When citizens of Washington state sign a ballot-measure petition they are essentially asking for an initiative or referendum to be put before a vote of the people.
Those who sign petitions are taking a public stand. And the names and addresses of those who sign have long been public record.
Yet, most folks who leave their John Hancock on petitions probably don't consider their signature part of a public record. Frankly, most people don't give the act of signing much thought one way or another. Often they just sign because it seems easier than the confrontation that goes with telling the signature gatherer no.
But when the U.S. Supreme Court recently affirmed names of signers are indeed public, a few eyes were opened.
Some people are now considering looking into having their signatures removed from petitions.
David Ammons, communications director for the Secretary of State's Office, said any I-want-to-take-back-my-signature requests are a no go.
"That may seem like an easy or logical request to comply with, but we do not remove signatures once they have been submitted by the sponsor. Hundreds of thousands of signatures on 20,000 petition sheets are being submitted for each of at least six initiatives this year, and verification is a daunting task, particularly if a full 100 percent check is required," Ammons said.
Locating the signatures would be tougher than looking for the proverbial needle in a haystack. It's more like, as Tom Hanks' character quipped in "Saving Private Ryan," looking for a needle in a stack of needles.
The fact is that although the names of those who sign petitions have been public, it was rare anybody asked to see those names. The only reason this is an issue now is a few gay-rights supporters started playing political hard ball and threatened to publish the names of those seeking to overturn a law authorizing domestic partnership between gay couples.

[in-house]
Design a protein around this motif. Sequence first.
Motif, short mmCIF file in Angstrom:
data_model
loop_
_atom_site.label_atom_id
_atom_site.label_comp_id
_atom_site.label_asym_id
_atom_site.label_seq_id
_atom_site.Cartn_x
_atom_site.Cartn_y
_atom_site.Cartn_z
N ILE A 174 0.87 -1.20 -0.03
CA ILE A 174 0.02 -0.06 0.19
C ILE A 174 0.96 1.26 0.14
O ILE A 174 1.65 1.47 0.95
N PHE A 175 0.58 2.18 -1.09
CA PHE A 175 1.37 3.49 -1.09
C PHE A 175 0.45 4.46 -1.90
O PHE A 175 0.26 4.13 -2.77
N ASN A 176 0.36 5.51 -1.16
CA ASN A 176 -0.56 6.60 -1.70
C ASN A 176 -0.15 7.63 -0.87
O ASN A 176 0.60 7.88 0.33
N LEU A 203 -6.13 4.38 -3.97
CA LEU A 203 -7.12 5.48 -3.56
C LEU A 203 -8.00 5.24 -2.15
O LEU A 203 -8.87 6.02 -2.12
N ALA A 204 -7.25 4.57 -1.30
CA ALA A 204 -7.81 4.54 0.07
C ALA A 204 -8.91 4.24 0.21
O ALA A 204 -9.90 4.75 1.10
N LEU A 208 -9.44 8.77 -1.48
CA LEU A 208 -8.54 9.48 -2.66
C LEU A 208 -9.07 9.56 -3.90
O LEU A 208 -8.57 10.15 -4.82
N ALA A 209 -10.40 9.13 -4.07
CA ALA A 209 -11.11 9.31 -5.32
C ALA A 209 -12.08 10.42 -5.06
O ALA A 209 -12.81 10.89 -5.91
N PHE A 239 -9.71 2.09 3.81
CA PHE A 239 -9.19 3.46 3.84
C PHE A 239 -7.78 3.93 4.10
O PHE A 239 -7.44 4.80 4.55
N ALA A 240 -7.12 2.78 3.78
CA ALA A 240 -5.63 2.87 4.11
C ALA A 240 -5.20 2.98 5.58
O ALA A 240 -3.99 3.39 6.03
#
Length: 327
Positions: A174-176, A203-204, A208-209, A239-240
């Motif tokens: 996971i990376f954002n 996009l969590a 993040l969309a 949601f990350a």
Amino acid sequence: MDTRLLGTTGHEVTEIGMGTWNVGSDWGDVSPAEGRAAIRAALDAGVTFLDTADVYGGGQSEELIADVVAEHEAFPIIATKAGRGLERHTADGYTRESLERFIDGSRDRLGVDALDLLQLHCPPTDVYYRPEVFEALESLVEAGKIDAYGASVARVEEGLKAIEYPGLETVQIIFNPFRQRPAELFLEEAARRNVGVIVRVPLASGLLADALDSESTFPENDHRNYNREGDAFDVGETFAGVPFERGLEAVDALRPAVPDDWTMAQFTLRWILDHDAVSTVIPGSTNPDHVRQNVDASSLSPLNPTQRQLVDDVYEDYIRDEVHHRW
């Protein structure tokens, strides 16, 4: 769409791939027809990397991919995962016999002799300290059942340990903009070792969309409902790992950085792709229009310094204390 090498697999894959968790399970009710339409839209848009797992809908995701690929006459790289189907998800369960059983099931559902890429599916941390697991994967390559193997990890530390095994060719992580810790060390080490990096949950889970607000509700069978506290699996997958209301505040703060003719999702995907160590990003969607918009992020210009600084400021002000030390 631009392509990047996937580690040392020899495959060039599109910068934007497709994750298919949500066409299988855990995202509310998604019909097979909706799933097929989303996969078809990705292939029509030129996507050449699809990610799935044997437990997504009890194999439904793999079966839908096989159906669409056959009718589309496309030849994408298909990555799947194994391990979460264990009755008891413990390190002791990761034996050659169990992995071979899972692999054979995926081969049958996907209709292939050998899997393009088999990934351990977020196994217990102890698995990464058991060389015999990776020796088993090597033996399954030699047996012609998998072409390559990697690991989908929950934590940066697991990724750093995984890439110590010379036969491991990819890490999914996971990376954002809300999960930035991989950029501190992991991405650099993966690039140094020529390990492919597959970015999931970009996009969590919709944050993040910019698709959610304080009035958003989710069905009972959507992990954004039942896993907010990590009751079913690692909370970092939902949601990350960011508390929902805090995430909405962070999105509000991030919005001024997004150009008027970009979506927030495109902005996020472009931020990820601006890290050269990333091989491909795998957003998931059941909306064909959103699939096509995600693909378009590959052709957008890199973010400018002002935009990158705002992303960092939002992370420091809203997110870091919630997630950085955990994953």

A legal challenge was made seeking to keep the names of petition signers secret. The court ruled the names are generally public record.
"Running a democracy takes a certain amount of civic courage," Justice Antonin Scalia said during oral arguments. "The First Amendment offers no protection against criticism or even nasty phone calls."
Since it's clear those who sign are taking a public stand, those who opt to sign petitions better know what they are signing. The best way to determine that is to actually read the initiative (or at least the brief summary) and ask questions.
Those who believe the proposal before them would make a good law should sign the petition. Conversely, those feel it would make a lousy law should withhold their signatures.
Voters are putting their names -- and their reputations -- on petitions and they should be picky about the proposals they support.